• (ii) a reservoir comprising an amount of at least one anti-healing agent wherein said amount of said anti-healing agent is effective in inhibiting a decrease in agent transdermal flux compared to sampling the agent under substantially identical conditions except in the absence of said anti-healing agent(s).

In a sixth aspect, this invention is directed to a kit transdermally delivering or sampling an agent over a prolonged period of time comprising:

  • (i) a device with an array of microprotrusions for forming microcuts through the stratum corneum layer of the skin; and
  • (ii) a reservoir comprising an amount of at least one anti-healing agent wherein said amount of said anti-healing agent is effective in inhibiting a decrease in an agent transdermal flux compared to when the agent is delivered or sampled under substantially identical conditions except in the absence of said anti-healing agent.

Preferably, the anti-healing agent(s) is selected from the group consisting of anticoagulants, anti-inflammatory agents, agents that inhibit cellular migration, and osmotic agents in an amount effective to generate, in solution, an osmotic pressure greater than about 2000 kilopascals, preferably greater than about 3000 kilopascals at 20° C. or mixtures thereof.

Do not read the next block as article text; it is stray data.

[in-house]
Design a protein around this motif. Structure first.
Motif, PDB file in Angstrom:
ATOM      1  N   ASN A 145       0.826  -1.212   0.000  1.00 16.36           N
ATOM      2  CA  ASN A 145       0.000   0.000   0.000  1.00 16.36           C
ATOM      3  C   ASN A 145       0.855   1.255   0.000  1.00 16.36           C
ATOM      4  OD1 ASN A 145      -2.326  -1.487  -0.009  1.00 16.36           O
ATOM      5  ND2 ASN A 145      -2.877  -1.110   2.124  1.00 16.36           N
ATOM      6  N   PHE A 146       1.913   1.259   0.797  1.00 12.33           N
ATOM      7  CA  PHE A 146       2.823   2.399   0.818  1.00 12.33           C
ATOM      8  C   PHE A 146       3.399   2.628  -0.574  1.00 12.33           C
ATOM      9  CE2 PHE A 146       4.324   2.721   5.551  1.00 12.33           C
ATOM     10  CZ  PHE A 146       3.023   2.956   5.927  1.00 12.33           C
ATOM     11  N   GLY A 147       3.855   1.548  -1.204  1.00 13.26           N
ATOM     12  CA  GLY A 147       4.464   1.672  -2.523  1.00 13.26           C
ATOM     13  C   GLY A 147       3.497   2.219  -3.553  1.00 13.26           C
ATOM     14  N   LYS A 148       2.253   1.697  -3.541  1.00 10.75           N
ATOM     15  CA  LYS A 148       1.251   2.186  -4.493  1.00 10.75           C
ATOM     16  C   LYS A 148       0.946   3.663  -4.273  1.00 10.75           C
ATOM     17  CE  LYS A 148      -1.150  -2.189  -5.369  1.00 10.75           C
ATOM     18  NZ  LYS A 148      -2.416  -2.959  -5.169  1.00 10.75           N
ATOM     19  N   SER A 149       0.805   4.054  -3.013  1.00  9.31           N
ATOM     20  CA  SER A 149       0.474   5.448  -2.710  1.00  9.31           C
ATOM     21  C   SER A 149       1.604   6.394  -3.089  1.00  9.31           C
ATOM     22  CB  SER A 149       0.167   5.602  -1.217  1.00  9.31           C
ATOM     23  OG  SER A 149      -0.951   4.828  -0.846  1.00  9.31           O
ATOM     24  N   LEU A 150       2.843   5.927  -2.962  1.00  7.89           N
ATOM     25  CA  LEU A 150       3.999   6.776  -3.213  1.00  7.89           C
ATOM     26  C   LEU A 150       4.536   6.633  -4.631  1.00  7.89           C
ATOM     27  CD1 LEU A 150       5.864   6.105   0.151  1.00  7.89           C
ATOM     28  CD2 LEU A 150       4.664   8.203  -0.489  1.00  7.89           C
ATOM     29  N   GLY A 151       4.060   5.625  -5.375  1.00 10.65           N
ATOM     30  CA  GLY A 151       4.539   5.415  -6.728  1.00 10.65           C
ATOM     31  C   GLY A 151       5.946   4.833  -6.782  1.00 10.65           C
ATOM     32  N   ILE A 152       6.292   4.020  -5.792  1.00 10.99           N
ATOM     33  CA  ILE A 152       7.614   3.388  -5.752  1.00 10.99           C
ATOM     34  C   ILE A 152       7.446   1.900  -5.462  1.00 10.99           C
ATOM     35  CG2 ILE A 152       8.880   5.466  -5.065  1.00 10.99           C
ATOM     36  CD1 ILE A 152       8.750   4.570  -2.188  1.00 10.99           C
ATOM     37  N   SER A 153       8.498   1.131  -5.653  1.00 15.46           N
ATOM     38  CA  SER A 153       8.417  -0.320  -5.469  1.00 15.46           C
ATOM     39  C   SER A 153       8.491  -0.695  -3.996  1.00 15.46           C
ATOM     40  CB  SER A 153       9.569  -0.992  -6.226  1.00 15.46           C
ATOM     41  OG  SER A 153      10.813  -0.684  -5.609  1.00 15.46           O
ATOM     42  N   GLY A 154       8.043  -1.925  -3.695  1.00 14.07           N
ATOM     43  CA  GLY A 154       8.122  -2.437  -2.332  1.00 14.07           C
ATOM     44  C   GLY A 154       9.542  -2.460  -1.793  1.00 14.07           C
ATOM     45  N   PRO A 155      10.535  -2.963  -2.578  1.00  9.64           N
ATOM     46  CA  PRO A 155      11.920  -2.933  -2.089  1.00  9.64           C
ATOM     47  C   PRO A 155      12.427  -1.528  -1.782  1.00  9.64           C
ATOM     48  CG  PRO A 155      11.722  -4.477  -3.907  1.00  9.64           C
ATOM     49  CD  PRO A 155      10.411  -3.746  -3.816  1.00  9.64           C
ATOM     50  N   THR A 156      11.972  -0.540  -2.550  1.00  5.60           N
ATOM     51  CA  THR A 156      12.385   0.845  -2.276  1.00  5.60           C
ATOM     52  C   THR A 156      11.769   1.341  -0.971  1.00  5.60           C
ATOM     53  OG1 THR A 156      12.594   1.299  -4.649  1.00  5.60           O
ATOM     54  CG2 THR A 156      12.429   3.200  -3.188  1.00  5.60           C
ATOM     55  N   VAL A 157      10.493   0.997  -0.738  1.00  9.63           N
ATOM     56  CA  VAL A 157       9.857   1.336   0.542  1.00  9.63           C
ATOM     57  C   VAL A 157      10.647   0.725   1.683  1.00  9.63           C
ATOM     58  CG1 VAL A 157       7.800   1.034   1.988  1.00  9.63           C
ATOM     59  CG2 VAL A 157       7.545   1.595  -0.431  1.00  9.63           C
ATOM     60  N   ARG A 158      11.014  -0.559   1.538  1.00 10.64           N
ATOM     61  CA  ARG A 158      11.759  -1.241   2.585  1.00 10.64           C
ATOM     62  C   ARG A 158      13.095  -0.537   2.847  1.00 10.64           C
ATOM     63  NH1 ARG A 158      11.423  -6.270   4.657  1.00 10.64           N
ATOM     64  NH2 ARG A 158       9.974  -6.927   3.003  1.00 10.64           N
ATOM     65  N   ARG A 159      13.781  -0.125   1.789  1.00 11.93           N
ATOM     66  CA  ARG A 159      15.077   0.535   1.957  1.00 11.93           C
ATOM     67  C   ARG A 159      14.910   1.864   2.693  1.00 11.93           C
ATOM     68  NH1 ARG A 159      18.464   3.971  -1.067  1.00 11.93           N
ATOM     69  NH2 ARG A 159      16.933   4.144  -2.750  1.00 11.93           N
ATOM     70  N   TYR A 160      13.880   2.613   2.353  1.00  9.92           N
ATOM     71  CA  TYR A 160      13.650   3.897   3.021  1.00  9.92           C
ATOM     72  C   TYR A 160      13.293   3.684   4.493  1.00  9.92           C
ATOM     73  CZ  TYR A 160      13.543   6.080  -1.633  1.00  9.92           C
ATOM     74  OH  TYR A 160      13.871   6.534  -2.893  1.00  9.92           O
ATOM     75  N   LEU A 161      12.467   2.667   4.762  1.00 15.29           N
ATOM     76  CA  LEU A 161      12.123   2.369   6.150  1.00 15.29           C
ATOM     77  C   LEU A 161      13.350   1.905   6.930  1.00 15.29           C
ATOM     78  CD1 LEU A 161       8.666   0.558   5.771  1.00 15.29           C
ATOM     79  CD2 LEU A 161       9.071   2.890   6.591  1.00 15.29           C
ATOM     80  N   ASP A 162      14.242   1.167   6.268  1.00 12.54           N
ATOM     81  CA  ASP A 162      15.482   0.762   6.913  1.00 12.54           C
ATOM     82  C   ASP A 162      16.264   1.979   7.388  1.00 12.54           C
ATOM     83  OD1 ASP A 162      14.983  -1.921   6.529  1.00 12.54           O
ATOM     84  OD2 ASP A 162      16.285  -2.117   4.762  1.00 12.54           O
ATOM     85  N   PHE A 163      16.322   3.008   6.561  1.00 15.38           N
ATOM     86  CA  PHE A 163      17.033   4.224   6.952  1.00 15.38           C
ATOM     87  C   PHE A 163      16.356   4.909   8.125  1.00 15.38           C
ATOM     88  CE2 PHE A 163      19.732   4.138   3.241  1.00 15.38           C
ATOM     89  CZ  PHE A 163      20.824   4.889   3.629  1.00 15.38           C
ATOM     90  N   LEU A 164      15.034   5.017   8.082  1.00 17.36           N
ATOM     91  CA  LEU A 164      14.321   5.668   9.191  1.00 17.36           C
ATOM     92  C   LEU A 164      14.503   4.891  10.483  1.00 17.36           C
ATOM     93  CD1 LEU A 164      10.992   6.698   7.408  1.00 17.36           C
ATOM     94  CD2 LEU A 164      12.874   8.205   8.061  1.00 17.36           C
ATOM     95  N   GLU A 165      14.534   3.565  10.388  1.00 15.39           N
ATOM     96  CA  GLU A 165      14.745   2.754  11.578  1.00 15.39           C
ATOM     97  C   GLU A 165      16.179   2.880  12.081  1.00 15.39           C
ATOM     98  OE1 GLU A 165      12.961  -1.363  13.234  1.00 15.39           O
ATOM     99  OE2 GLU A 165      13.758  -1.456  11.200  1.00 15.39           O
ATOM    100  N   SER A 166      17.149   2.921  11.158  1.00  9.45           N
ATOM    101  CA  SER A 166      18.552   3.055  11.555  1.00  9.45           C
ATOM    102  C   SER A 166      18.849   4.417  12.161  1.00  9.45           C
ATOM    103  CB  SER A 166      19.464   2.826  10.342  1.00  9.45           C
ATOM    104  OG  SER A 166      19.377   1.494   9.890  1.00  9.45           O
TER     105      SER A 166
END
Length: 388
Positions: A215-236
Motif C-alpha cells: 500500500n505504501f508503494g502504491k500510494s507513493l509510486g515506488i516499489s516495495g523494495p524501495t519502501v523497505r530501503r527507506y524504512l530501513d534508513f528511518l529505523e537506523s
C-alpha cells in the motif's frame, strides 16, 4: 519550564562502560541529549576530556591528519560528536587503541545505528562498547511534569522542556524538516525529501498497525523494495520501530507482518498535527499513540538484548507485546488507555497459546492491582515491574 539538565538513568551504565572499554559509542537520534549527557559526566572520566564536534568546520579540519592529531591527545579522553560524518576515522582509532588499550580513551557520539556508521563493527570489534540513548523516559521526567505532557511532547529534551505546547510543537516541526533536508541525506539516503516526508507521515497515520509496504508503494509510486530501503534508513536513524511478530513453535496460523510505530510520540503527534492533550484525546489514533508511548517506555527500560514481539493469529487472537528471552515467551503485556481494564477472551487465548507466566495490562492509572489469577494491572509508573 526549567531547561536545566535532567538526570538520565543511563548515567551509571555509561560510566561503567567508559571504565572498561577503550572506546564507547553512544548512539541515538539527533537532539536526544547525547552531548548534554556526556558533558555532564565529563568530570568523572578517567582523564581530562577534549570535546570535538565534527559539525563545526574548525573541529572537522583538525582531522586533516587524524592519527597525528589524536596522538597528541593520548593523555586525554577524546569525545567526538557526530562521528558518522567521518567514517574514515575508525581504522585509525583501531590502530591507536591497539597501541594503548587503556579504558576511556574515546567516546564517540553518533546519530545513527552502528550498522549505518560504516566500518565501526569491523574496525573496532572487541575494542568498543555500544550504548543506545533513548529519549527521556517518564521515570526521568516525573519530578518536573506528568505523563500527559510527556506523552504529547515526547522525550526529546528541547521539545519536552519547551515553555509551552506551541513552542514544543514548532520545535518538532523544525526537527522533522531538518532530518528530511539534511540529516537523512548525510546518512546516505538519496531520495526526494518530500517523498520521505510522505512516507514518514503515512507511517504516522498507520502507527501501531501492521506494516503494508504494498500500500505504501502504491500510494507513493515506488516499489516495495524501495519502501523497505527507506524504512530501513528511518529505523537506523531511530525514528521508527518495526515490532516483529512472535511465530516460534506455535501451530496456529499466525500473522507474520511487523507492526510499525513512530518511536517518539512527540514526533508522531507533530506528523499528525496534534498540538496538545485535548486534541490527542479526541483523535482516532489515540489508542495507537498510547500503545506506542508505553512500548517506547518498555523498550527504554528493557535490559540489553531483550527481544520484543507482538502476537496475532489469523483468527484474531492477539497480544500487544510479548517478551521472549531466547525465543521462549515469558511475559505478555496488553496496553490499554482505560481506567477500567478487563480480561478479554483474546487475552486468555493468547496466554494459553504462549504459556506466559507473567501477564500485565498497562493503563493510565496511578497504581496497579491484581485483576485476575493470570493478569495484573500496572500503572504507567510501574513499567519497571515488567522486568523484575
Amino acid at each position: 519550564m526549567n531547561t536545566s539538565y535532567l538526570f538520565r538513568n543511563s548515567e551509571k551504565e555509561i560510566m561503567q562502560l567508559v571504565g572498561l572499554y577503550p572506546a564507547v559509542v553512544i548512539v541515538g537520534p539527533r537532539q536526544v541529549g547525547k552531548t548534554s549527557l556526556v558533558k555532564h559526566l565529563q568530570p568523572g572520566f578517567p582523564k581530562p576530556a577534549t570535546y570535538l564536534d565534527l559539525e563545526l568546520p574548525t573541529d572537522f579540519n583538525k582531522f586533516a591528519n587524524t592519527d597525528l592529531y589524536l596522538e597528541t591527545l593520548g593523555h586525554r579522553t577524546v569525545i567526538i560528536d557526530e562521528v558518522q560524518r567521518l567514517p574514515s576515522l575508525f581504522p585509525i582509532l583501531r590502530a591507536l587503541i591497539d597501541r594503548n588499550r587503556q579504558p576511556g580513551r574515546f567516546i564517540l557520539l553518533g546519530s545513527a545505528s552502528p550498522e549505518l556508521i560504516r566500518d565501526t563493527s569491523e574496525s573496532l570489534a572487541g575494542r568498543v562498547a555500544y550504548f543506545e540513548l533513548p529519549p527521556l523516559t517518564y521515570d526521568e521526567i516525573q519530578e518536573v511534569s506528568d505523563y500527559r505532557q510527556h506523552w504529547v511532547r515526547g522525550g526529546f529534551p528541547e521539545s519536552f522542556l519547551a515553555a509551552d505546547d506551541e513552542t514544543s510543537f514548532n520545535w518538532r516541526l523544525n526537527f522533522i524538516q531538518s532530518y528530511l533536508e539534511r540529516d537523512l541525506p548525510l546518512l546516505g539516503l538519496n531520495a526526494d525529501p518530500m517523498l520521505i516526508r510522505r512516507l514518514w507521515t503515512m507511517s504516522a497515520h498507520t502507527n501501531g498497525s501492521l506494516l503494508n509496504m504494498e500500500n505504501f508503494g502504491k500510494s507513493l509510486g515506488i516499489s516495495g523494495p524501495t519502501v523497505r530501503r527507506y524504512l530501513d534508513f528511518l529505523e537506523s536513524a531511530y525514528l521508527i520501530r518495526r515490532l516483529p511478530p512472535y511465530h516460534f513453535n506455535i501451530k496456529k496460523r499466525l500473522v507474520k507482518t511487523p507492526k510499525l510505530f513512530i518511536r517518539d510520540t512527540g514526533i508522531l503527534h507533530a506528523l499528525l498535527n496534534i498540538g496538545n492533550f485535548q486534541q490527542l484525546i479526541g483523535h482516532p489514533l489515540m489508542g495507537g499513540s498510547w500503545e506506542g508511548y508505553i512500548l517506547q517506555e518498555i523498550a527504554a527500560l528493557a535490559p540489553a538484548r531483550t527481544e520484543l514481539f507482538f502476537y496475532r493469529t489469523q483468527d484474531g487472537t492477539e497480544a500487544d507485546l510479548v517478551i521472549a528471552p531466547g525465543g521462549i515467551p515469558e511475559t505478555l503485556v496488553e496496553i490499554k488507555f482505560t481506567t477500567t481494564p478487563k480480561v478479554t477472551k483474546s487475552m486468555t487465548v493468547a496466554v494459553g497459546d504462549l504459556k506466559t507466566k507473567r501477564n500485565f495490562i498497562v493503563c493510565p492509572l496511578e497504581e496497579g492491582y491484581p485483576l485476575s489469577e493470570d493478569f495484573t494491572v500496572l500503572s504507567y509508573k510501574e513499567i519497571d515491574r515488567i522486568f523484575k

Preferably, the anticoagulant is selected from the group consisting of heparin having a molecular weight from 3000 to 12,000 daltons, pentosan polysulfate, citric acid, citrate salts such as sodium citrate, EDTA, and dextrans having molecular weight from 2000 to 10,000 daltons.

Preferably the anti-inflammatory agent is selected from the group consisting of hydrocortisone sodium phosphate, betamethasone sodium phosphate, and triamcinolone sodium phosphate.